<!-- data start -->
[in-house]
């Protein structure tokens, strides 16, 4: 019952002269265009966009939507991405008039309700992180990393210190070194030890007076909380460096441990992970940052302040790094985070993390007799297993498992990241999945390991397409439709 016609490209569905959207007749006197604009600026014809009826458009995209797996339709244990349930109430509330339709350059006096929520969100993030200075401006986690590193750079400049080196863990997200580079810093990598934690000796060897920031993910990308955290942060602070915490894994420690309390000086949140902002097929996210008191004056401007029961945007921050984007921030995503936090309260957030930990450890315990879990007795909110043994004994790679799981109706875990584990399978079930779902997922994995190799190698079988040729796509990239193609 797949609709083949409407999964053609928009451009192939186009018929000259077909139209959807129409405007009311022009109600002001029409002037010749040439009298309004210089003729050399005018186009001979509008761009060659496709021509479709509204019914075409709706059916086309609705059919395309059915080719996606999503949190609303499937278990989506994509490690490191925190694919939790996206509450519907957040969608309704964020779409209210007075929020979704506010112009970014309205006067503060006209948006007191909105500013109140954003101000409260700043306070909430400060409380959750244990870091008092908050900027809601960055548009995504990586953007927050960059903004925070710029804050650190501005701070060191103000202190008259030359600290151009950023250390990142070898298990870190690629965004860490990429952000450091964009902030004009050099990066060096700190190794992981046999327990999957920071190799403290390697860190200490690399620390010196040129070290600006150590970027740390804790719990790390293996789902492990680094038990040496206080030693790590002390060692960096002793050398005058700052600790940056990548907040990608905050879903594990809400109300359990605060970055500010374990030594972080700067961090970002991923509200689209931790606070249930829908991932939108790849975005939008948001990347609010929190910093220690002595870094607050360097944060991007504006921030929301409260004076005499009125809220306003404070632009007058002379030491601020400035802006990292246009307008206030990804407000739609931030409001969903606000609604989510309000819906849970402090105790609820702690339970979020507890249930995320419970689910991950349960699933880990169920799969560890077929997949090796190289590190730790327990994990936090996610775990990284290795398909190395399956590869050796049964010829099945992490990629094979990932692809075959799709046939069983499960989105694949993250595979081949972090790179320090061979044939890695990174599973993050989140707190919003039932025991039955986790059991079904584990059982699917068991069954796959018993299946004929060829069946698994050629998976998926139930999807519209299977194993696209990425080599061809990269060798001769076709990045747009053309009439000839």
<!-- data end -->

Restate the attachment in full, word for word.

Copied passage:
[in-house]
């Protein structure tokens, strides 16, 4: 019952002269265009966009939507991405008039309700992180990393210190070194030890007076909380460096441990992970940052302040790094985070993390007799297993498992990241999945390991397409439709 016609490209569905959207007749006197604009600026014809009826458009995209797996339709244990349930109430509330339709350059006096929520969100993030200075401006986690590193750079400049080196863990997200580079810093990598934690000796060897920031993910990308955290942060602070915490894994420690309390000086949140902002097929996210008191004056401007029961945007921050984007921030995503936090309260957030930990450890315990879990007795909110043994004994790679799981109706875990584990399978079930779902997922994995190799190698079988040729796509990239193609 797949609709083949409407999964053609928009451009192939186009018929000259077909139209959807129409405007009311022009109600002001029409002037010749040439009298309004210089003729050399005018186009001979509008761009060659496709021509479709509204019914075409709706059916086309609705059919395309059915080719996606999503949190609303499937278990989506994509490690490191925190694919939790996206509450519907957040969608309704964020779409209210007075929020979704506010112009970014309205006067503060006209948006007191909105500013109140954003101000409260700043306070909430400060409380959750244990870091008092908050900027809601960055548009995504990586953007927050960059903004925070710029804050650190501005701070060191103000202190008259030359600290151009950023250390990142070898298990870190690629965004860490990429952000450091964009902030004009050099990066060096700190190794992981046999327990999957920071190799403290390697860190200490690399620390010196040129070290600006150590970027740390804790719990790390293996789902492990680094038990040496206080030693790590002390060692960096002793050398005058700052600790940056990548907040990608905050879903594990809400109300359990605060970055500010374990030594972080700067961090970002991923509200689209931790606070249930829908991932939108790849975005939008948001990347609010929190910093220690002595870094607050360097944060991007504006921030929301409260004076005499009125809220306003404070632009007058002379030491601020400035802006990292246009307008206030990804407000739609931030409001969903606000609604989510309000819906849970402090105790609820702690339970979020507890249930995320419970689910991950349960699933880990169920799969560890077929997949090796190289590190730790327990994990936090996610775990990284290795398909190395399956590869050796049964010829099945992490990629094979990932692809075959799709046939069983499960989105694949993250595979081949972090790179320090061979044939890695990174599973993050989140707190919003039932025991039955986790059991079904584990059982699917068991069954796959018993299946004929060829069946698994050629998976998926139930999807519209299977194993696209990425080599061809990269060798001769076709990045747009053309009439000839």